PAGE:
Results from the shellfish meat and first 20 salmon samples collected in 2016 reveal an absence of Fukushima radiation. Shellfish from four species were collected from many of British Columbia’s major shellfish aquaculture regions from Prince Rupert to the Sunshine Coast and Vancouver Island. These results are from just the meat of the shellfish and additional analysis of the crushed shell is currently ongoing. The four types of molluscs (Pacific Scallop (Patinopecten yessoensis), Pacific Oyster (Crassostrea gigas), Northern Blue Mussel (Mytilus edulis and a hybrid with M. galloprovincalis), and Manila Clam (Venerupis philippinarum)) were chosen for analysis because previous work in other tropical species has shown that bivalves bioaccumulate cesium at rates faster than many other organisms. This work on tropical species did find that much of the cesium contamination was located in the shell so we await the results of the ongoing shell analyses. The absence of contamination in the edible meat from any of the species is reassurance to the $25 million aquaculture industry of BC that their product is safe to send to market and safe for human consumption. Continue reading Results from 2016 InFORM Biotic Monitoring – Shellfish and Vancouver Island Salmon
Prince Rupert BC
Prince Rupert’s July 2015 sample was recently collected by our volunteer team at Northwest Community College including visiting science teacher Sandy Humphrey from SD 91. Sampling is being coordinated by Cheryl Paavola (Instructor and Science Lab Tech) at Northwest Community College – Prince Rupert.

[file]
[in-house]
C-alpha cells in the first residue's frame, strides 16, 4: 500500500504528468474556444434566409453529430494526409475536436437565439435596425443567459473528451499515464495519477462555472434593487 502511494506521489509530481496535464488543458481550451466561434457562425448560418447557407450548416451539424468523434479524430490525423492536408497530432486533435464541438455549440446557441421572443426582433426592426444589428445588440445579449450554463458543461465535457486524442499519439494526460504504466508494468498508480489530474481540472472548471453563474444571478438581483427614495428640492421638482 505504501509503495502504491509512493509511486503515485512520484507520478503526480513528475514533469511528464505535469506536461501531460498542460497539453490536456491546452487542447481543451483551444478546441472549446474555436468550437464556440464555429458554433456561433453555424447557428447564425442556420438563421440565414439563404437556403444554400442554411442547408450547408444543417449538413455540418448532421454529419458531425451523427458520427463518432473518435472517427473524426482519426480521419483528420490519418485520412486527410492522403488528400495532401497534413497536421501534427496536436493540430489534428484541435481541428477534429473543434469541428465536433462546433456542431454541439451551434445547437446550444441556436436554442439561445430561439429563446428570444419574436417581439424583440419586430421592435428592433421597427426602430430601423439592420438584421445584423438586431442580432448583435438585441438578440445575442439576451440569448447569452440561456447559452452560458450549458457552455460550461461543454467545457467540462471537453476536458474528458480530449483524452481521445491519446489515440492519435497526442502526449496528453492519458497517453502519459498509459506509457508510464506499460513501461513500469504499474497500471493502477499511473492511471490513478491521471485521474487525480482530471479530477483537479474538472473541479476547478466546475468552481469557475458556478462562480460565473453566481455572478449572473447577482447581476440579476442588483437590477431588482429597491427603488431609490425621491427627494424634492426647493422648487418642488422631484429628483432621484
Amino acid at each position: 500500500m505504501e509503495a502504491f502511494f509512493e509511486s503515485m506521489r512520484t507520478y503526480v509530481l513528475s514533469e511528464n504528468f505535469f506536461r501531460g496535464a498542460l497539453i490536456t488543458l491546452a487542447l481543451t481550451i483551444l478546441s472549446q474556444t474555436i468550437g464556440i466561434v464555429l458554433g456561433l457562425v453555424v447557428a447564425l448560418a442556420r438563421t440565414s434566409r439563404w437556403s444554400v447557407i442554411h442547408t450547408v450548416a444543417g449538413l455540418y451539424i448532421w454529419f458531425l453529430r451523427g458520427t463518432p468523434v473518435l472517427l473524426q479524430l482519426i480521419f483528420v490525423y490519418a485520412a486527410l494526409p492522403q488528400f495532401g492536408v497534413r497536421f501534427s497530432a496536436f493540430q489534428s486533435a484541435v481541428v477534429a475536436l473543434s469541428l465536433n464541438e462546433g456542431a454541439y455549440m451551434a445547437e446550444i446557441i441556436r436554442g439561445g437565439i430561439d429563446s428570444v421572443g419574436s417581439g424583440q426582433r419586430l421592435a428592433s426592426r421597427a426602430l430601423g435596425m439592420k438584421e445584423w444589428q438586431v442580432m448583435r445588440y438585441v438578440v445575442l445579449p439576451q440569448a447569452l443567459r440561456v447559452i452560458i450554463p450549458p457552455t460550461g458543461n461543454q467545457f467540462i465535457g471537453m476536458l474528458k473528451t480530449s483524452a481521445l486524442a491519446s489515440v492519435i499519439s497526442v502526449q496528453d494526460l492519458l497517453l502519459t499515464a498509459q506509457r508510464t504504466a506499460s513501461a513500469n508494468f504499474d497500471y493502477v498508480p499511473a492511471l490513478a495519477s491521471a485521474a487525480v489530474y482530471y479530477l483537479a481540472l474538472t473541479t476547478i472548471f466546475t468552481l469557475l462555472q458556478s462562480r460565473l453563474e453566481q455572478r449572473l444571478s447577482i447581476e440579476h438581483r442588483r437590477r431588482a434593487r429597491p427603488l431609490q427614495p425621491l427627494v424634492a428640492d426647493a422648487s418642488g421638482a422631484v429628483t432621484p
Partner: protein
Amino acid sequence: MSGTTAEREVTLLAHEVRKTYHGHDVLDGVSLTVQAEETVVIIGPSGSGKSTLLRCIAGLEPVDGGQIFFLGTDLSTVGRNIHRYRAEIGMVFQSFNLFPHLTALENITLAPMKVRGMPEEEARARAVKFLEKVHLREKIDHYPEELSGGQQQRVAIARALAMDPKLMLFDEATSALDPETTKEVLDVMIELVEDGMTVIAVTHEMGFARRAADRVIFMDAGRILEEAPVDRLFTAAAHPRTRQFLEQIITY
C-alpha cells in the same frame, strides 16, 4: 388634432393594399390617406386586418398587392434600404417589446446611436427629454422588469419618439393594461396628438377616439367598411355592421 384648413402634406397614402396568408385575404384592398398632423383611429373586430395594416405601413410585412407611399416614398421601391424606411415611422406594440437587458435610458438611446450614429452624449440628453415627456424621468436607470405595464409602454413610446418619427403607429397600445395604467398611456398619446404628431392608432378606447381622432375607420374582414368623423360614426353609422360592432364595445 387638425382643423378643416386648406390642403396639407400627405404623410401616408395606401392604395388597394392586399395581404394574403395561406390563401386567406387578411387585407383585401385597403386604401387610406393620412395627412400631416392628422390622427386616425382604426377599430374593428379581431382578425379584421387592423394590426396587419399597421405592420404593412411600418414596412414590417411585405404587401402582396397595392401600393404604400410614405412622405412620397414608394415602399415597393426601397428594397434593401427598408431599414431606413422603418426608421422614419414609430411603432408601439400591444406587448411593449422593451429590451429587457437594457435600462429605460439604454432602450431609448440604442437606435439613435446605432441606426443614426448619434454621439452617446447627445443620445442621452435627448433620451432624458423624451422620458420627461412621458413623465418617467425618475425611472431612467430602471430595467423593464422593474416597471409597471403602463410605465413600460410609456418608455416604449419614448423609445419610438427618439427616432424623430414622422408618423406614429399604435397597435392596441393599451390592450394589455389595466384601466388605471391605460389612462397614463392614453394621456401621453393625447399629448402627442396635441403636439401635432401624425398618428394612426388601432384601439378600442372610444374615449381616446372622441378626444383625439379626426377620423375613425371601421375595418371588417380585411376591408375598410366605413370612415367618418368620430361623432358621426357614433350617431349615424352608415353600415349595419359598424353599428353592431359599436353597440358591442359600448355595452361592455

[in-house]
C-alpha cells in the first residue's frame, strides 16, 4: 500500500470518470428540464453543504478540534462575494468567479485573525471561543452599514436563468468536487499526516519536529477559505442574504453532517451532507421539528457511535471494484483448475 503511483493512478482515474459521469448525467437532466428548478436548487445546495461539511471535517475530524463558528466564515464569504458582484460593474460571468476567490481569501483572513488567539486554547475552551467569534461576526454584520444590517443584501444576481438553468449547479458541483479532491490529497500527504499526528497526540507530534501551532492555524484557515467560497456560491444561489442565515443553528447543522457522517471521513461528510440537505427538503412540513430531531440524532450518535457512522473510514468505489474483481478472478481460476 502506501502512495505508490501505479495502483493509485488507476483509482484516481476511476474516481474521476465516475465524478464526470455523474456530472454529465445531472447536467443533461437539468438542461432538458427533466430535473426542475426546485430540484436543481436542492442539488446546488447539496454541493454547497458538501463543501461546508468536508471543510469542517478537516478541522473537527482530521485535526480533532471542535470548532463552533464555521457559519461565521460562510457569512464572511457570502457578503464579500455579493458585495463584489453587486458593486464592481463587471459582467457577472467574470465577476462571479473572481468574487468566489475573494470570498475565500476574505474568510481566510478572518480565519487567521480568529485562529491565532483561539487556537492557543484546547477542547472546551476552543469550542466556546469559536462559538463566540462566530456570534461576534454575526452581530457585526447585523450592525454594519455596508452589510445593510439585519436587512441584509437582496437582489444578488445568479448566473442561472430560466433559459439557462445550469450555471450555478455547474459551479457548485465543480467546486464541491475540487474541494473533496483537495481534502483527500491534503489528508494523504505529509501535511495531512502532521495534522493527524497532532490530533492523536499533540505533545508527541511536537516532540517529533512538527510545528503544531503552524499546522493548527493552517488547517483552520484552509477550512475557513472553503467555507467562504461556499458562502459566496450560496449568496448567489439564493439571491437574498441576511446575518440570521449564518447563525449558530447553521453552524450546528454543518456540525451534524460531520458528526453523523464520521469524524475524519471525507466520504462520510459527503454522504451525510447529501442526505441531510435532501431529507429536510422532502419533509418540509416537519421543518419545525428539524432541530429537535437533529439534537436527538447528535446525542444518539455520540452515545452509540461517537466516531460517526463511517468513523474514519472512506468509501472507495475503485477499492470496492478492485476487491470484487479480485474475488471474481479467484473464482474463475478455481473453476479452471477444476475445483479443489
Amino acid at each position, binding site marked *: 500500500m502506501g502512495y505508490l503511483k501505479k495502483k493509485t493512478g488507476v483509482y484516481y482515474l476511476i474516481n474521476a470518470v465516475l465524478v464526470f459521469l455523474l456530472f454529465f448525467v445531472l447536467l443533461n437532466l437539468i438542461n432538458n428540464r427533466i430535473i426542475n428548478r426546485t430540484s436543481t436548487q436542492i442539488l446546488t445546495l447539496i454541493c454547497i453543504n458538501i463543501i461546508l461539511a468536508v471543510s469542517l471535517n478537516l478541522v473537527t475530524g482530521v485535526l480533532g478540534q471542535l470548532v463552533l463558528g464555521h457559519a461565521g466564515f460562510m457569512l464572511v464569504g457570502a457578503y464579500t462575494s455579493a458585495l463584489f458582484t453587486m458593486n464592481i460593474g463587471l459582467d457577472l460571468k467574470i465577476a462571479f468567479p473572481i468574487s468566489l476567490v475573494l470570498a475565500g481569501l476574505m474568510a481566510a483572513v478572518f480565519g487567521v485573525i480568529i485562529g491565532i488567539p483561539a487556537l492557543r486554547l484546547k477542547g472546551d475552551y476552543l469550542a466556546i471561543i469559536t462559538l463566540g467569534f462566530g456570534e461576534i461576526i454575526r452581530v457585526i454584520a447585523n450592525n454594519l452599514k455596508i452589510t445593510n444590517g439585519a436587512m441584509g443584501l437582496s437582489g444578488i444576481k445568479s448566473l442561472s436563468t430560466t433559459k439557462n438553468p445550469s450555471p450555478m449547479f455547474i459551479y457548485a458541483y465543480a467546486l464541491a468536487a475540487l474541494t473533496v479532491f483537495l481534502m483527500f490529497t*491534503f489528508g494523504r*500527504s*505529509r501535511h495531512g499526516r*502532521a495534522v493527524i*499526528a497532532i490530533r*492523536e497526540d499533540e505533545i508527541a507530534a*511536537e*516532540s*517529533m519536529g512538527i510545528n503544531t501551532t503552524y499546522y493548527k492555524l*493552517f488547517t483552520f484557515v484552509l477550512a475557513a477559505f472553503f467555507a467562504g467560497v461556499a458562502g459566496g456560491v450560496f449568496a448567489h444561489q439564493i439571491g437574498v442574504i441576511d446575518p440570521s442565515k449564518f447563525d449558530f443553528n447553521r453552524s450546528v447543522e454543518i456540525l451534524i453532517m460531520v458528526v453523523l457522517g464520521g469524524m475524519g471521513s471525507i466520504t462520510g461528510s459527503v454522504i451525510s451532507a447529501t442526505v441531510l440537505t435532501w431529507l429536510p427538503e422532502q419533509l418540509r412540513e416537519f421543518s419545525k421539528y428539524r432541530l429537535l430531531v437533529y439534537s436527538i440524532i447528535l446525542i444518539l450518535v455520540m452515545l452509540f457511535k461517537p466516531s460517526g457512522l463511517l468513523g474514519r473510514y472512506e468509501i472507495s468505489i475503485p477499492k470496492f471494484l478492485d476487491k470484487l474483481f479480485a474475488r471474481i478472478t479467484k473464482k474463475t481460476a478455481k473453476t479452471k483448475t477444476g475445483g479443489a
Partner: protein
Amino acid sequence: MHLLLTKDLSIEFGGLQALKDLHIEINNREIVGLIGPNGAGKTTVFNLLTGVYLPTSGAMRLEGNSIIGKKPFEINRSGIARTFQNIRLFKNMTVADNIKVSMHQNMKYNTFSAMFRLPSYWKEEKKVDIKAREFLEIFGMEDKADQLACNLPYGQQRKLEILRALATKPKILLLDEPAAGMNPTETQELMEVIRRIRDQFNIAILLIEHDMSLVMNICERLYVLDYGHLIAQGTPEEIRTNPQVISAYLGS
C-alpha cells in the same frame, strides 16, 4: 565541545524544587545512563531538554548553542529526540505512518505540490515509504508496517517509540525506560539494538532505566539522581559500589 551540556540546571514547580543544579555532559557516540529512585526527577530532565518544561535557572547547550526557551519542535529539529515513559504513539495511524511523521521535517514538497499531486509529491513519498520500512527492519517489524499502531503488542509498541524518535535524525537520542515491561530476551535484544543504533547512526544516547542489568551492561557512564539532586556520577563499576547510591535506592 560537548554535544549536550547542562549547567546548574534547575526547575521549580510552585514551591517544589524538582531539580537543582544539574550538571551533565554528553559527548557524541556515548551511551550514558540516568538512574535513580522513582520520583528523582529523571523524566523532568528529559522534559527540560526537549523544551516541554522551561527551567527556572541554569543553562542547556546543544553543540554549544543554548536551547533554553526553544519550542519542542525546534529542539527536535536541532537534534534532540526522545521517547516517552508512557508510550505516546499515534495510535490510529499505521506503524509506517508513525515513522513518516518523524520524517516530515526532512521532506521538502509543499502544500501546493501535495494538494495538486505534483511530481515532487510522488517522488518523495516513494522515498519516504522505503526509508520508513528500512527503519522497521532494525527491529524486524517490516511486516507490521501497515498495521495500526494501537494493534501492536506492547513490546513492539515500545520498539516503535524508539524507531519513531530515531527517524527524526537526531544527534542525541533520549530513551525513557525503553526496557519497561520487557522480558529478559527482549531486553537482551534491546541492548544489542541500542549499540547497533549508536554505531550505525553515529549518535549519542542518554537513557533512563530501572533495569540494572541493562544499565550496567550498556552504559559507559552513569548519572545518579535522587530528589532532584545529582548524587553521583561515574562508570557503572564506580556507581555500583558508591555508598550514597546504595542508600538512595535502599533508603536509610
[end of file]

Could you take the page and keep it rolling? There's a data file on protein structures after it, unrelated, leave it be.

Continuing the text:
Residents gathered to hear of the effects of the 2011 Japanese Tsunami
Four years later, debris continues to wash ashore on Haida Gwaii and the BC Coast from the 2011 Japanese tsunami. This week, Prince Rupert and Terrace residents listened to two experts talk about the severe impact the tsunami is continuing to have.As waves crash against BC’s Northern Shores, more debris is being discovered says Shoreline Cleanup Manager Kate Le Souef.
“The quantity of debris that we’re finding on the coast line is probably what is the most shocking. So, for example we pulled 4 tonnes of debris off the West Coast trail just in a day of cleanup.”
However, its not just tsunami debris, but from everyday activities says Le Souef. If action is taken to reduce garbage and plastic production, it’s possible to make a difference. Continue reading Tsunami Talk Took Place This Week in Prince Rupert – CFTK Prince Rupert
Feb. 19, 2015
Prince Rupert BC
Prince Rupert’s third sample was recently collected by our volunteer team including students from NWCC Desiree Louis (College and Career Prep program) and Michael Standbridge (Applied Coastal Ecology (ACE) program). Sampling is being coordinated by Cheryl Paavola (Instructor and Science Lab Tech) at Northwest Community College – Prince Rupert.